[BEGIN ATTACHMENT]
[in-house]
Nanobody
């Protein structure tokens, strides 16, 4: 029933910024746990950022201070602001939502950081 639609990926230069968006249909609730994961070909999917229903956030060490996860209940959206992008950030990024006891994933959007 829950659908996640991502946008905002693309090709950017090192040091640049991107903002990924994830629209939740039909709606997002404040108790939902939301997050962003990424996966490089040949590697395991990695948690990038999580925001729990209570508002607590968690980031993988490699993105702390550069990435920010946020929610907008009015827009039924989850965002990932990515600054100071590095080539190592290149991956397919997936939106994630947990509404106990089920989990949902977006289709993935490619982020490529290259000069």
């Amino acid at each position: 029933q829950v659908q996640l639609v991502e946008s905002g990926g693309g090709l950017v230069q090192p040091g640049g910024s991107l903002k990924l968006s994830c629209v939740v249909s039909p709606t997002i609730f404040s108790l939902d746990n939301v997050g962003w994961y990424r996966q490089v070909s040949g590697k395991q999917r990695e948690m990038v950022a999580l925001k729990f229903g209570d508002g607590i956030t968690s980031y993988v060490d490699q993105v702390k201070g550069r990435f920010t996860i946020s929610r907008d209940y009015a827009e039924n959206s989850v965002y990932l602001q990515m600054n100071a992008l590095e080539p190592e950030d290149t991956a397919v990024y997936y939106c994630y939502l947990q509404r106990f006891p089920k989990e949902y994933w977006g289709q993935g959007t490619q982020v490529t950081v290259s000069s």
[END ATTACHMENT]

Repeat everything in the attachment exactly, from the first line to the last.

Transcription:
[in-house]
Nanobody
């Protein structure tokens, strides 16, 4: 029933910024746990950022201070602001939502950081 639609990926230069968006249909609730994961070909999917229903956030060490996860209940959206992008950030990024006891994933959007 829950659908996640991502946008905002693309090709950017090192040091640049991107903002990924994830629209939740039909709606997002404040108790939902939301997050962003990424996966490089040949590697395991990695948690990038999580925001729990209570508002607590968690980031993988490699993105702390550069990435920010946020929610907008009015827009039924989850965002990932990515600054100071590095080539190592290149991956397919997936939106994630947990509404106990089920989990949902977006289709993935490619982020490529290259000069």
């Amino acid at each position: 029933q829950v659908q996640l639609v991502e946008s905002g990926g693309g090709l950017v230069q090192p040091g640049g910024s991107l903002k990924l968006s994830c629209v939740v249909s039909p709606t997002i609730f404040s108790l939902d746990n939301v997050g962003w994961y990424r996966q490089v070909s040949g590697k395991q999917r990695e948690m990038v950022a999580l925001k729990f229903g209570d508002g607590i956030t968690s980031y993988v060490d490699q993105v702390k201070g550069r990435f920010t996860i946020s929610r907008d209940y009015a827009e039924n959206s989850v965002y990932l602001q990515m600054n100071a992008l590095e080539p190592e950030d290149t991956a397919v990024y997936y939106c994630y939502l947990q509404r106990f006891p089920k989990e949902y994933w977006g289709q993935g959007t490619q982020v490529t950081v290259s000069s």